The risk map encapsulates the risks for each area of the business and identifies areas of high risk. The identification of the risk is expected to drive the action to be taken by the central bank as the regulator in terms of increased supervision.
The dashboards that will help the banks and the central bank to do gap analyses would consist of numerous key risk indicators based on criteria defined by banking supervision and examination department. It will have information from many sources: trading systems, risk systems, human resources and technology, among others. Any issues arising from the dashboards would be dealt with by the central bank supervisors as and when they occur.
According to the BIS Sound Practices for Management and Supervision of Operational Risk, the risk map should cover issues thrown up as a result of the new technologies and new delivery channels like the internet and transactions through e-commerce. The banks would also need to look out for risks emerging from risk mitigation techniques being employed by other players. “Banks may engage in risk mitigation techniques to optimise their exposure to market risk and credit risk, but which in turn may produce other forms of risks.” The norms also call upon banks to make sufficient public disclosure to allow market participants to assess their approach to operation risk management.
According to these, the timely and frequent public disclosure of relevant information can lead to enhanced market discipline and therefore, more effective risk management. Also emphasised is the role of supervisors who should see to it that all banks, regardless of size, have an effective framework in place to identify, assess, monitor and mitigate operational risks.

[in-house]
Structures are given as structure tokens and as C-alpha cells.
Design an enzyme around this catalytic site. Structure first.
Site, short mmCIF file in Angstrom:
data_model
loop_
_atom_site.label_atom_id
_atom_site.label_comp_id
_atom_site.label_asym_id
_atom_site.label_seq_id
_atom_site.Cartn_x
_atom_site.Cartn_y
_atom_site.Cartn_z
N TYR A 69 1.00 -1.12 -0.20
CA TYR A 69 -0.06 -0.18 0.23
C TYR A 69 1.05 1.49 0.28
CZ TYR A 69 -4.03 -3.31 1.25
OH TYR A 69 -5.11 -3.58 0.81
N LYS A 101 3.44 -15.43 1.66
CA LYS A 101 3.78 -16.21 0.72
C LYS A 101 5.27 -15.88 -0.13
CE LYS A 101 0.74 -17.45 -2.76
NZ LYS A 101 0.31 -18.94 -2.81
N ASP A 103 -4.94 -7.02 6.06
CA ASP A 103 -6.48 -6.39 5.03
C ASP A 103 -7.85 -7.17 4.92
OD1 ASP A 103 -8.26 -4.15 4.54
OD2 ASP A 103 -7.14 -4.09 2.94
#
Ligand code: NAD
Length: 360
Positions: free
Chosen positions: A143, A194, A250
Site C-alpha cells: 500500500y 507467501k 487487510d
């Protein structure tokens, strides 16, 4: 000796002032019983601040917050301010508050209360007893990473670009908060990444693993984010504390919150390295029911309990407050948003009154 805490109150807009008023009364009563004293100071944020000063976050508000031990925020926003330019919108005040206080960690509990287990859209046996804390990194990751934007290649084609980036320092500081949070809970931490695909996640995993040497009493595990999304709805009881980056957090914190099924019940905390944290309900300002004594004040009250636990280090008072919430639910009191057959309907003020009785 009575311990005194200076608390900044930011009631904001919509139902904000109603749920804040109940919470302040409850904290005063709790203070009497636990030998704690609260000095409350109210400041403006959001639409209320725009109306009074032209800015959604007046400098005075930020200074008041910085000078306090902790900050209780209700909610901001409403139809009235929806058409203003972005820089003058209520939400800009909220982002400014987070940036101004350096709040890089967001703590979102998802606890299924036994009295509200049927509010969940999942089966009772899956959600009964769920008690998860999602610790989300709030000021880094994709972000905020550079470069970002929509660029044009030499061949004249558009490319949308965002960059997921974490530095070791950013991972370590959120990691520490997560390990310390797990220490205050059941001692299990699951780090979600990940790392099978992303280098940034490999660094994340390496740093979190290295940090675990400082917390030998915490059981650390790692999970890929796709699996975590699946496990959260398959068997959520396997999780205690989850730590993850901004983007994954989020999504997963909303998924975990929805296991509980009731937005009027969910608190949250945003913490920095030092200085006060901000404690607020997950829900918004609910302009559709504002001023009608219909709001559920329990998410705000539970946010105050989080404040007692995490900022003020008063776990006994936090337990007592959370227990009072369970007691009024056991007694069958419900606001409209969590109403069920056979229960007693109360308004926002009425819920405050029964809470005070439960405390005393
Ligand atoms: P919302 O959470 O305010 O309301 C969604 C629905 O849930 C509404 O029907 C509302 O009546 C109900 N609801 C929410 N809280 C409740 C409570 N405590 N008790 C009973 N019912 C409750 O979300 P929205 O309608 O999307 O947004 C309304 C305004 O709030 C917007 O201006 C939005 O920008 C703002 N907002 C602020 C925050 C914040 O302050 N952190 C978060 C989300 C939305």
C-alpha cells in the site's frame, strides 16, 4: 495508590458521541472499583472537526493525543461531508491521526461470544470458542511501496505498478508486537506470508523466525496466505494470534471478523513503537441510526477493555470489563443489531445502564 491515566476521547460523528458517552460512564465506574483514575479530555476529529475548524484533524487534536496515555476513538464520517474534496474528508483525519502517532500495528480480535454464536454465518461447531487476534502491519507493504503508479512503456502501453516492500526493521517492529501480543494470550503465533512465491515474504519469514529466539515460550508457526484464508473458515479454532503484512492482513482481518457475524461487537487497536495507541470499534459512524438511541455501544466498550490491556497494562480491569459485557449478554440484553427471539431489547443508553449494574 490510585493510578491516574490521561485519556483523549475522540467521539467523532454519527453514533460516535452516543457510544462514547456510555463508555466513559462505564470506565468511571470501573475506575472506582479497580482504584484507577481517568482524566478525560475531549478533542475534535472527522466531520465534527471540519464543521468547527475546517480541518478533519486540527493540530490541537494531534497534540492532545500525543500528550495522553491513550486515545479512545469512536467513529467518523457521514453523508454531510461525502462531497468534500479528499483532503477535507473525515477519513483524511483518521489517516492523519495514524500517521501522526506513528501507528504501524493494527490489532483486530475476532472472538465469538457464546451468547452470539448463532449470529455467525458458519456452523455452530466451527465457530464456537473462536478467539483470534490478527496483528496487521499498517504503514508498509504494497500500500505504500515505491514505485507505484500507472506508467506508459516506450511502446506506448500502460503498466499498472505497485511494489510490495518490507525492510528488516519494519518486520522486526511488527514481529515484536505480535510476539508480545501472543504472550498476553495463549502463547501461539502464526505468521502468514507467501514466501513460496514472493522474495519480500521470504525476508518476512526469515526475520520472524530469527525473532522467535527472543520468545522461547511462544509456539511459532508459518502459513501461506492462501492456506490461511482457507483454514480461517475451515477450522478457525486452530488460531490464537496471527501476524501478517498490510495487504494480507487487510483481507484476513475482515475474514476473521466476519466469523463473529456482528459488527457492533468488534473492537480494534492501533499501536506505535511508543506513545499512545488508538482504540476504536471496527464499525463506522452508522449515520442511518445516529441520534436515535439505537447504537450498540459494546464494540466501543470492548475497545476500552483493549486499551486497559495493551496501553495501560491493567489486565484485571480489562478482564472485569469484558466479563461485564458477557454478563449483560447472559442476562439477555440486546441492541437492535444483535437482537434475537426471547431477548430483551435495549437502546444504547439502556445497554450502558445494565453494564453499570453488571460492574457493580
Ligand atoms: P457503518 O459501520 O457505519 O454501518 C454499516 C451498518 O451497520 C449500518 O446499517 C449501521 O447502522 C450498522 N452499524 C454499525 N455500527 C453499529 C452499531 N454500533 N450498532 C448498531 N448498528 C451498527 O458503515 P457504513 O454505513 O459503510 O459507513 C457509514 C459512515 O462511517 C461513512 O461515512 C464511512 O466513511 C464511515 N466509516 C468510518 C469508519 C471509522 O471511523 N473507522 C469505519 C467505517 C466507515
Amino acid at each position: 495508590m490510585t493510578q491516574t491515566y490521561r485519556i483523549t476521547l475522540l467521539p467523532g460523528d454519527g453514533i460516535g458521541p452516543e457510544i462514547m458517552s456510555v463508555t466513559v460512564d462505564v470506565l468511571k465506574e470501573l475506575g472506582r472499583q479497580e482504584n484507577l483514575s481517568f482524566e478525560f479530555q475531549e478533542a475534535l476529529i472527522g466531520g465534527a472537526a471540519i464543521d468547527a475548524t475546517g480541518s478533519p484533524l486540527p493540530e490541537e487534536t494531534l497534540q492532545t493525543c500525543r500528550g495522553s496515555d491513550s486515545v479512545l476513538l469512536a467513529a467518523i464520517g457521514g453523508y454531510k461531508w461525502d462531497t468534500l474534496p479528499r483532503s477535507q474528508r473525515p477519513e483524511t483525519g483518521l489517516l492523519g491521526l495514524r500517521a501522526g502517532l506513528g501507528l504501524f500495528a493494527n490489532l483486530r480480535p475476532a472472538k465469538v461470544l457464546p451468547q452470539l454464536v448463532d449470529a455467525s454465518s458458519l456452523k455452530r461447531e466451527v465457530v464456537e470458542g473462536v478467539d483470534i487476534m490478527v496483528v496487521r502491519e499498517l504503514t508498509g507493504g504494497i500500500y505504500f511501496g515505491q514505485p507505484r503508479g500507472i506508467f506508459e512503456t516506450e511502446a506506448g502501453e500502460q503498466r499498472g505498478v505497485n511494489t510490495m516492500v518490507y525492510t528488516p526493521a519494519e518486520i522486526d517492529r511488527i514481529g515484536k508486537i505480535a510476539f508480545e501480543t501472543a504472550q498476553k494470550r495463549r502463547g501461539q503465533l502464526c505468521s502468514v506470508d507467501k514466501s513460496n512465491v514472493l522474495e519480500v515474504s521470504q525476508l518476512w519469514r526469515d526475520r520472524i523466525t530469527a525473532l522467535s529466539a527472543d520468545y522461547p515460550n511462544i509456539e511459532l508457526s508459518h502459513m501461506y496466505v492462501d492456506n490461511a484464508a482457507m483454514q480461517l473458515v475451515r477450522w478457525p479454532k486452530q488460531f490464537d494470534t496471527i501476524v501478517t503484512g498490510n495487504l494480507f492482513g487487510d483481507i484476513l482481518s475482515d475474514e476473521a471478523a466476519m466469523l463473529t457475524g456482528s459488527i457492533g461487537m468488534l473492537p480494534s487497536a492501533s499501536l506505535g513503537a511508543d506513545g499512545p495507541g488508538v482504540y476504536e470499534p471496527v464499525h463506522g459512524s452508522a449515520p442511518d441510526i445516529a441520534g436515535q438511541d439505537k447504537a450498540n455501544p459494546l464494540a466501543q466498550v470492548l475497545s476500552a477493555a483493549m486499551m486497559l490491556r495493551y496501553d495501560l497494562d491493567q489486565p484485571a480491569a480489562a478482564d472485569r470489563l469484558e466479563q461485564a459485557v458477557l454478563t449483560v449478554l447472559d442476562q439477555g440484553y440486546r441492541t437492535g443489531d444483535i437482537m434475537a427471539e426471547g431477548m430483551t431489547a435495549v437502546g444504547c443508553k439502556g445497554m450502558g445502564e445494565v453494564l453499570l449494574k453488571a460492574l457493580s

Most large banks in the region do major business with governments, which will need to be assigned risk weights according to the new framework. This is expected to bring in some change to the current capital cover levels of many banks in the region. As size of the capital of a bank would be a very big factor, banks that are not required to commit capital while booking government assets might have to do so under the new framework. In particular, the government of a country with a low credit rating will find that the capital requirements are more severe.
The new framework, however, would also provide lots of scope for banks to create special purpose vehicles and spin off some of their low risk but high-weighted assets into these vehicles. According to experts, asset securitisation would play a major role in the banking industry that would try to keep capital adequacy within the norms, a development that could also test the new framework.
It is clear that the new standards will involve the use of IT systems in the risk management processes. For the first time, BIS has included a requirement of IT in its recommendations. Although the recommendations stop short of detailing the type of systems that may be required, the credit risk management stipulations cover data aggression tools, database for ratings and other inputs, capital allocation tools, analytical tools and regulatory reporting and disclosure documentation.
The guidelines make it clear that the entire process must be integrated and the information used to determine creditworthiness and capital must be the basis for credit decisions. According to a white paper on the subject, this implies a level of automation that flows all the way from credit authorization to portfolio management.
This means that even the institutions with credit decision-making tools would be required to enhance their processes and systems to comply with the new standards. According to the paper, although most large institutions have some portions of the required elements, even the very largest will need to invest in credit risk technologies over the next few years. The paper estimates that the investments will add up to hundreds of millions of dollars. Banks will also need to invest considerable additional amounts in staffing and defining internal credit processes before they can use these tools for decision-making. The UAE banks may have to travel some good distances before they can see the target in clearer terms.